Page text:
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Publication numberUS20110095105 A1
Publication typeApplication
Application numberUS 12/746,146
PCT numberPCT/DK2008/050286
Publication date28 Apr 2011
Filing date4 Dec 2008
Priority date5 Dec 2007
Also published asCN101981285A, CN101981285B, EP2235338A1, EP2235338B1, EP2235338B2, US9249708, WO2009071088A1
Publication number12746146, 746146, PCT/2008/50286, PCT/DK/2008/050286, PCT/DK/2008/50286, PCT/DK/8/050286, PCT/DK/8/50286, PCT/DK2008/050286, PCT/DK2008/50286, PCT/DK2008050286, PCT/DK200850286, PCT/DK8/050286, PCT/DK8/50286, PCT/DK8050286, PCT/DK850286, US 2011/0095105 A1, US 2011/095105 A1, US 20110095105 A1, US 20110095105A1, US 2011095105 A1, US 2011095105A1, US-A1-20110095105, US-A1-2011095105, US2011/0095105A1, US2011/095105A1, US20110095105 A1, US20110095105A1, US2011095105 A1, US2011095105A1
InventorsPeter Rosenbeck Mortensen, Niels Torp Madsen, Andreas Aabroe Gamborg
Original AssigneeGrundfos Nonox A/S
Export CitationBiBTeX, EndNote, RefMan
External Links: USPTO, USPTO Assignment, Espacenet
Nozzle arrangement
US 20110095105 A1
Abstract
The present invention relates to a system preferably being an exhaust system or a part of a system such as a part of an exhaust system for a combustion engine. The system or the part of the system comprising a pipe (1) through which a fluid, such as exhaust gasses, flows; a nozzle (3) adapted to atomize a liquid, being disposed. to crystallize as a result of contact with the fluid and adapted to introduce the liquid through one or more outlets into the pipe (1). The nozzle (3) being arranged so that the region being sprayed and/or the mixing region in which a mixing between the liquid being atomized by the nozzle and the fluid flowing in the pipe occur is/are flushed by fluid flowing through the pipe.
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Claims(18)
1. A system for a combustion engine comprising
a pipe through which a fluid flows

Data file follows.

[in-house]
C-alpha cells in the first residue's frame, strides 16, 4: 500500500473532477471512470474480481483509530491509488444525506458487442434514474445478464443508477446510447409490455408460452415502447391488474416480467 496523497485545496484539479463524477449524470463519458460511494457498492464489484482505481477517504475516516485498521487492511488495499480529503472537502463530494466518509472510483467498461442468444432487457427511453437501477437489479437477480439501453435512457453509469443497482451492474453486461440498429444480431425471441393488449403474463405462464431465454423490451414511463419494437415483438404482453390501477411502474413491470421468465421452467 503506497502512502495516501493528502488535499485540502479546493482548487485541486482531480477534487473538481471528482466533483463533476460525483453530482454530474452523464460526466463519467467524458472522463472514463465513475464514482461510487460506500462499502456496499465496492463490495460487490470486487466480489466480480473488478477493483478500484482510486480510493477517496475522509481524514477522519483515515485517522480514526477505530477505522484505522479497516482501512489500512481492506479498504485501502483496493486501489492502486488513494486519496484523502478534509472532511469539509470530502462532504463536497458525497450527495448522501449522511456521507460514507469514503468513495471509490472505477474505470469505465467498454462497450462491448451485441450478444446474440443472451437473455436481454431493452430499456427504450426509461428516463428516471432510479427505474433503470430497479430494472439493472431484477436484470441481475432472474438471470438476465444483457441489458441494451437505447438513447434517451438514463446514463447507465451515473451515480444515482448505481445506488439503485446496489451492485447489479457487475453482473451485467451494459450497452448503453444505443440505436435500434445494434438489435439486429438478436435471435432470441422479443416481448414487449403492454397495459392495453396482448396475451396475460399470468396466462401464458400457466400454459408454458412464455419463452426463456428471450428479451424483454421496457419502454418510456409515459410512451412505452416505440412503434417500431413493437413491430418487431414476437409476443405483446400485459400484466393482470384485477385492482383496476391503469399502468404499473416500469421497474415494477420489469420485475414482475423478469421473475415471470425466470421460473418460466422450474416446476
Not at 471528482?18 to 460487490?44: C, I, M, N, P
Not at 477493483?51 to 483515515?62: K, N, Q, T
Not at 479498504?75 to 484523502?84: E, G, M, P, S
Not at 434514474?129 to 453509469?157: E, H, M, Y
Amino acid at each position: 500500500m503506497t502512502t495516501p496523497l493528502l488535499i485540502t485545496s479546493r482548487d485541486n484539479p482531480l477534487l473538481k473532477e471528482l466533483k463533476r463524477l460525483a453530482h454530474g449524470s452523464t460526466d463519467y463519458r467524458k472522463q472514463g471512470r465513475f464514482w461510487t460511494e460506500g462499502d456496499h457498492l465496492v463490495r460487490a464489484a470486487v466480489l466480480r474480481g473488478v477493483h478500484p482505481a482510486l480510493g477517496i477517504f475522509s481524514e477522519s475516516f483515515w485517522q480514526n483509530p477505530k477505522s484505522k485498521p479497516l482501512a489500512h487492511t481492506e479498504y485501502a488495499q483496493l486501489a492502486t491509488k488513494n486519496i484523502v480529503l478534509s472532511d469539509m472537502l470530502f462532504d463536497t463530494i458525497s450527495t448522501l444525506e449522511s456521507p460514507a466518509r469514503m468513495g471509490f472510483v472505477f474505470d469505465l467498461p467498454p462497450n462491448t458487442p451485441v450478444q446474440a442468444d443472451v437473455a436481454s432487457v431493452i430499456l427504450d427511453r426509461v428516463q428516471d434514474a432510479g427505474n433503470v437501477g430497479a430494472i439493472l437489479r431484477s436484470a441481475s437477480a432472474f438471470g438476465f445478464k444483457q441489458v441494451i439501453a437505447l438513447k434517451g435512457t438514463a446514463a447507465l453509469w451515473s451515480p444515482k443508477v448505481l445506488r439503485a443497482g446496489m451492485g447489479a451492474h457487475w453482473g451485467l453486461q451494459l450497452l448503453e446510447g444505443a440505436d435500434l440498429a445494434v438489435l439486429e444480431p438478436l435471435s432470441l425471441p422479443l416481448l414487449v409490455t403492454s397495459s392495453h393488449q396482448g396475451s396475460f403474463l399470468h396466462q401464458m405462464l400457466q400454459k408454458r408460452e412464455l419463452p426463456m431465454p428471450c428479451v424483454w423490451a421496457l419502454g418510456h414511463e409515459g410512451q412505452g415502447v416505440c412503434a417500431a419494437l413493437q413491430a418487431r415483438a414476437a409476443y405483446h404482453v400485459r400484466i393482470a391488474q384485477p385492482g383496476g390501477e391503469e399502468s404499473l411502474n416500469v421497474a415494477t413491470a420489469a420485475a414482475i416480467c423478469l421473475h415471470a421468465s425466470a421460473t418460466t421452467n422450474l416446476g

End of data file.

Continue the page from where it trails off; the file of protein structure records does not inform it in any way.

a nozzle adapted to atomize a liquid that crystallizes upon contact with the fluid flowing through the pipe, wherein said nozzle is adapted to introduce the liquid through one or more outlets into the pipe, and wherein the nozzle is arranged so that
the region being sprayed or
the mixing region, wherein a mixing between the liquid being atomized by the nozzle and the fluid flowing in the pipe occur, are flushed by fluid flowing through the pipe.
2-17. (canceled)
18. The system according to claim 1, wherein no cavities are present in a region where the nozzle is arranged.
19. The system according to claim 18, wherein the region in which the nozzle is arranged extends at least five hydraulic diameters downstream.
20. The system according to claim 1, wherein the region in which the nozzle is arranged extends at least one hydraulic diameter upstream of the opening of the nozzle.
21. The system according to claim 1, wherein the pipe comprises an elevation extending into the pipe and wherein the nozzle is arranged in the elevation.
22. The system according to claim 1, wherein an outlet end of the nozzle is shaped and arranged to reflect the shape of the inner surface of the pipe so that the outlet end of the nozzle is at the same level as the inner surface of the pipe.
23. The system according to claim 1, wherein the nozzle is arranged to spray in a downstream flow direction of the fluid flowing in the pipe.
24. The system according to claim 1, wherein the nozzle is arranged to spray in upstream flow direction of the fluid flowing in the pipe.
25. The system according to claim 1, wherein the nozzle is arranged in a region of the system, wherein the temperature of the walls of the system is larger than the evaporation temperature of the liquid to be atomized.
26. The system according to claim 25, wherein the liquid to be atomized is liquefied urea and the temperature is larger than 152 C.
27. The system according to claim 1, wherein the one of more outlets are surrounded by a corrugated surface that stabilizes the boundary layer of the fluid flow in the pipe in the vicinity of the outlet(s).
28. The system according to claim 1, wherein one or more flow guides are arranged upstream of the one or more outlets to guide the flow towards the one or more outlets and to stabilize the boundary layer of the fluid flowing in the pipe in the vicinity of the outlet(s).